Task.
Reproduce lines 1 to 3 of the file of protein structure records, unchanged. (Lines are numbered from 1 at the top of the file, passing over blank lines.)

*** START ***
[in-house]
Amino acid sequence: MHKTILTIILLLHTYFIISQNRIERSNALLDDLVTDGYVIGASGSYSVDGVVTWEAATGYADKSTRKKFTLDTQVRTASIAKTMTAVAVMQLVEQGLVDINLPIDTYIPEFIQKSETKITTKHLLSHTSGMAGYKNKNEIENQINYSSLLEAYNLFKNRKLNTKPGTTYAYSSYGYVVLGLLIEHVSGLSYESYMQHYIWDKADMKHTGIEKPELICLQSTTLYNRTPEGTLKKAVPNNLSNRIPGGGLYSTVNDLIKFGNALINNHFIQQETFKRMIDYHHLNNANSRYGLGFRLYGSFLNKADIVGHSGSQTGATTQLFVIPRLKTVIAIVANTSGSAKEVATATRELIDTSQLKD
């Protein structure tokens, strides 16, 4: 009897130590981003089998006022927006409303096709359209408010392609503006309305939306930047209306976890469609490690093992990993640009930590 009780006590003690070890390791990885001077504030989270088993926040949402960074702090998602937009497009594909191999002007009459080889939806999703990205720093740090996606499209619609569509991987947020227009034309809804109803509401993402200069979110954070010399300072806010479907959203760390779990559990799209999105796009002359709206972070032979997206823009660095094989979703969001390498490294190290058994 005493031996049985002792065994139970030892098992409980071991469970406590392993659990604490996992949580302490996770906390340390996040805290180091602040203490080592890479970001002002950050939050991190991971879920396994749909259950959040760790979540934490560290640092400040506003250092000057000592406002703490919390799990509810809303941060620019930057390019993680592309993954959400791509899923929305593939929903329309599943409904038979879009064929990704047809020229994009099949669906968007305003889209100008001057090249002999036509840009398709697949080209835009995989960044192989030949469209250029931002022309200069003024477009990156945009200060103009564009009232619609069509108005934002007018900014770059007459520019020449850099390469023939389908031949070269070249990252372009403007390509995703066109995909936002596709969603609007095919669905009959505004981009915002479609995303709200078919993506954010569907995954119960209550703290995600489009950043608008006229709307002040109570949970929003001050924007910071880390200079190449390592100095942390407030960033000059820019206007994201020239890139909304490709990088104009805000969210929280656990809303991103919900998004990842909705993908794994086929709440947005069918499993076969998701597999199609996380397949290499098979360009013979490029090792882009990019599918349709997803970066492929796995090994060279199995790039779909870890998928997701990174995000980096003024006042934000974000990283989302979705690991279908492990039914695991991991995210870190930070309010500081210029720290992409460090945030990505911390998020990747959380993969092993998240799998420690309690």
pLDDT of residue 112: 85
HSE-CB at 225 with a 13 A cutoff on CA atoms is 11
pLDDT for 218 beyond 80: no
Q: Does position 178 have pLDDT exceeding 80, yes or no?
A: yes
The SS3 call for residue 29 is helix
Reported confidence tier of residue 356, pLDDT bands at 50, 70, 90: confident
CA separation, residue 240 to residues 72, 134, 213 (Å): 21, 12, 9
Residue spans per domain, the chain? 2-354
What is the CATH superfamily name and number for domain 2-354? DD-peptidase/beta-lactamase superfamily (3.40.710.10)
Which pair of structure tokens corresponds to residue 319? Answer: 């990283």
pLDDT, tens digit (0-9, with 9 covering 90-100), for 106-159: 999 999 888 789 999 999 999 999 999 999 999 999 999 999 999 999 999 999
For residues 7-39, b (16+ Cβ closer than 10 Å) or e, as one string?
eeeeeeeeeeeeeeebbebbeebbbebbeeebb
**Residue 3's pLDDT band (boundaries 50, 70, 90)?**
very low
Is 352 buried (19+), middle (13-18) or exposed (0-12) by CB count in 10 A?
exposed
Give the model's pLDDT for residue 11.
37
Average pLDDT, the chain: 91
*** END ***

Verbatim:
[in-house]
Amino acid sequence: MHKTILTIILLLHTYFIISQNRIERSNALLDDLVTDGYVIGASGSYSVDGVVTWEAATGYADKSTRKKFTLDTQVRTASIAKTMTAVAVMQLVEQGLVDINLPIDTYIPEFIQKSETKITTKHLLSHTSGMAGYKNKNEIENQINYSSLLEAYNLFKNRKLNTKPGTTYAYSSYGYVVLGLLIEHVSGLSYESYMQHYIWDKADMKHTGIEKPELICLQSTTLYNRTPEGTLKKAVPNNLSNRIPGGGLYSTVNDLIKFGNALINNHFIQQETFKRMIDYHHLNNANSRYGLGFRLYGSFLNKADIVGHSGSQTGATTQLFVIPRLKTVIAIVANTSGSAKEVATATRELIDTSQLKD
């Protein structure tokens, strides 16, 4: 009897130590981003089998006022927006409303096709359209408010392609503006309305939306930047209306976890469609490690093992990993640009930590 009780006590003690070890390791990885001077504030989270088993926040949402960074702090998602937009497009594909191999002007009459080889939806999703990205720093740090996606499209619609569509991987947020227009034309809804109803509401993402200069979110954070010399300072806010479907959203760390779990559990799209999105796009002359709206972070032979997206823009660095094989979703969001390498490294190290058994 005493031996049985002792065994139970030892098992409980071991469970406590392993659990604490996992949580302490996770906390340390996040805290180091602040203490080592890479970001002002950050939050991190991971879920396994749909259950959040760790979540934490560290640092400040506003250092000057000592406002703490919390799990509810809303941060620019930057390019993680592309993954959400791509899923929305593939929903329309599943409904038979879009064929990704047809020229994009099949669906968007305003889209100008001057090249002999036509840009398709697949080209835009995989960044192989030949469209250029931002022309200069003024477009990156945009200060103009564009009232619609069509108005934002007018900014770059007459520019020449850099390469023939389908031949070269070249990252372009403007390509995703066109995909936002596709969603609007095919669905009959505004981009915002479609995303709200078919993506954010569907995954119960209550703290995600489009950043608008006229709307002040109570949970929003001050924007910071880390200079190449390592100095942390407030960033000059820019206007994201020239890139909304490709990088104009805000969210929280656990809303991103919900998004990842909705993908794994086929709440947005069918499993076969998701597999199609996380397949290499098979360009013979490029090792882009990019599918349709997803970066492929796995090994060279199995790039779909870890998928997701990174995000980096003024006042934000974000990283989302979705690991279908492990039914695991991991995210870190930070309010500081210029720290992409460090945030990505911390998020990747959380993969092993998240799998420690309690």